Together with a small group of countries, Denmark has entered into a partnership with the United States, aiming to advance global gender equality and women’s rights. The initiative originates from President Obama’s speech at the UN General Assembly in 2011. The United States have invited the selected countries to come together to form the “Equal Futures Partnerships”, which shall create renewed progress.

The participating countries are committing to working actively to promote gender equality. In particular, the countries are to work towards ensuring women full participation in public life and in political decision-making processes. The initiative was launched by Secretary of State, Hillary Clinton, during the UN General Assembly on 24 September, which Minister for Foreign Affairs, Villy Søvndal, also attended.

”The American initiative is important, since it contributes to create new dynamic in the global fight for gender equality. Unfortunately, this is still much needed. The initiative focuses on the implementation of concrete steps. In all countries – including in Denmark – there is a need to comply with the goals on gender equality, which the countries have committed to in the international community. The initiative helps to point out areas where a strengthened effort is needed. We are open to learn from the experiences of other countries – also countries far away from Denmark. And a lot of countries look to Denmark – and the other Nordic countries in general – as pioneer countries in the field of gender equality. Therefore we gladly support the American initiative”, says Minister for Foreign Affairs, Villy Søvndal.

The idea behind the partnership is for the participating countries to commit to taking the lead and working with the challenges in their own countries, and thereby act as a source of inspiration for others. Therefore, like the other founding countries, Denmark has committed to new actions on gender equality. Denmark focuses on three projects: fighting the gender-based violence, improving the gender balance in company management and boards, and working to enhance political and civic participation of ethnic minority women in Denmark. Among other things, the goal is to increase the awareness on violence in the family in 75 % of the municipal authorities before July 2013, to commit companies to establishing target figures for the under-represented gender in boards, and to ensuring that fewer young women are exposed to honour-related violence.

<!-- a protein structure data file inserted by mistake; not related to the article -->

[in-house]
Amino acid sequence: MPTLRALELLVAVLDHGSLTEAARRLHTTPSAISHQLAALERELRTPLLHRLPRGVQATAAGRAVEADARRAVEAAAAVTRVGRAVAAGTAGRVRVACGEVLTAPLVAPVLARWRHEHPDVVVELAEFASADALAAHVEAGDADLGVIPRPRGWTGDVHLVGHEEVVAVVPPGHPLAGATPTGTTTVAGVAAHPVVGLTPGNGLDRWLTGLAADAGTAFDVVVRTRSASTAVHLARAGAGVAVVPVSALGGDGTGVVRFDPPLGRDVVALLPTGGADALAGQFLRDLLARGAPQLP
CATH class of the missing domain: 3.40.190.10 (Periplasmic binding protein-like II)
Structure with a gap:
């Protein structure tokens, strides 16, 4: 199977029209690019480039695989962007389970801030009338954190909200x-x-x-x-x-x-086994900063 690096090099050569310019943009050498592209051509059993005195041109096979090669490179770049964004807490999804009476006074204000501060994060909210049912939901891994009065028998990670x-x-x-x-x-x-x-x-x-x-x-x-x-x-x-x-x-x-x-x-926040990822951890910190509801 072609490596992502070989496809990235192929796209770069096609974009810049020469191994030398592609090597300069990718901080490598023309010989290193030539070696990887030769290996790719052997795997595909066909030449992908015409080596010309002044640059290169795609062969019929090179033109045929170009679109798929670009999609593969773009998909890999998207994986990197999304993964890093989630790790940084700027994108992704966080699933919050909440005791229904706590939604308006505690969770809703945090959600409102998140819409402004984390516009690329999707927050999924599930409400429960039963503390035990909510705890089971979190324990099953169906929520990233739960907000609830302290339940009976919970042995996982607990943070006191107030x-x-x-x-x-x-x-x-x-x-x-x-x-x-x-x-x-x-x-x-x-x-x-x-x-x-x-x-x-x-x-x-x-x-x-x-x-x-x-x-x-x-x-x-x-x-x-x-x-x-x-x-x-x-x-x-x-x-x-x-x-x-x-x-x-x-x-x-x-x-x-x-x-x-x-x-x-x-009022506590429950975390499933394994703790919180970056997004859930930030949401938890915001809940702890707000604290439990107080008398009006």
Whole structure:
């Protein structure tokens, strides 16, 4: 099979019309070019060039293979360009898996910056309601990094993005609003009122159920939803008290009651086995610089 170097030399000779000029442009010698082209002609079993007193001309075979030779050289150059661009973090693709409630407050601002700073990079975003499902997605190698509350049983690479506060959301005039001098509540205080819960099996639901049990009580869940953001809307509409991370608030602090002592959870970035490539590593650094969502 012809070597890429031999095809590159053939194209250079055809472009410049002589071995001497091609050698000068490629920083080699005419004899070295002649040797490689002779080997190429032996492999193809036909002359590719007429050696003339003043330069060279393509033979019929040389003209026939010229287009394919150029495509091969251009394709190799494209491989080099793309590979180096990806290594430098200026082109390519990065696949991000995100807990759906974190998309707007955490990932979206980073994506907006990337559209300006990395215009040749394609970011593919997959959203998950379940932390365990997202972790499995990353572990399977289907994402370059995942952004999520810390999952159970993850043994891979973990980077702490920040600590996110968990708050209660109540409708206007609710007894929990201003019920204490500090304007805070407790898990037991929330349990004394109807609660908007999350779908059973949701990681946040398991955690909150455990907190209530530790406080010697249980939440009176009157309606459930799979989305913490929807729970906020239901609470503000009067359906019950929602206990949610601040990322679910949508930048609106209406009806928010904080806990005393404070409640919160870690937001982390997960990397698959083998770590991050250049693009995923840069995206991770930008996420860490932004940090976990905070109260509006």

”Women’s right to shape the society they live in is a fundamental part of the modern, democratic society. But in too many countries, women are prevented from participating on equal terms with men, and therefore it is extremely important that we speed up progress. Women’s equal participation is a prerequisite to sustainable economic growth, and through the good examples we will show that gender equality is a win-win situation”, says the Minister for Gender Equality and Ecclesiastical Affairs, Manu Sareen.

The projects will be monitored and the results will be published under the auspices of the partnership.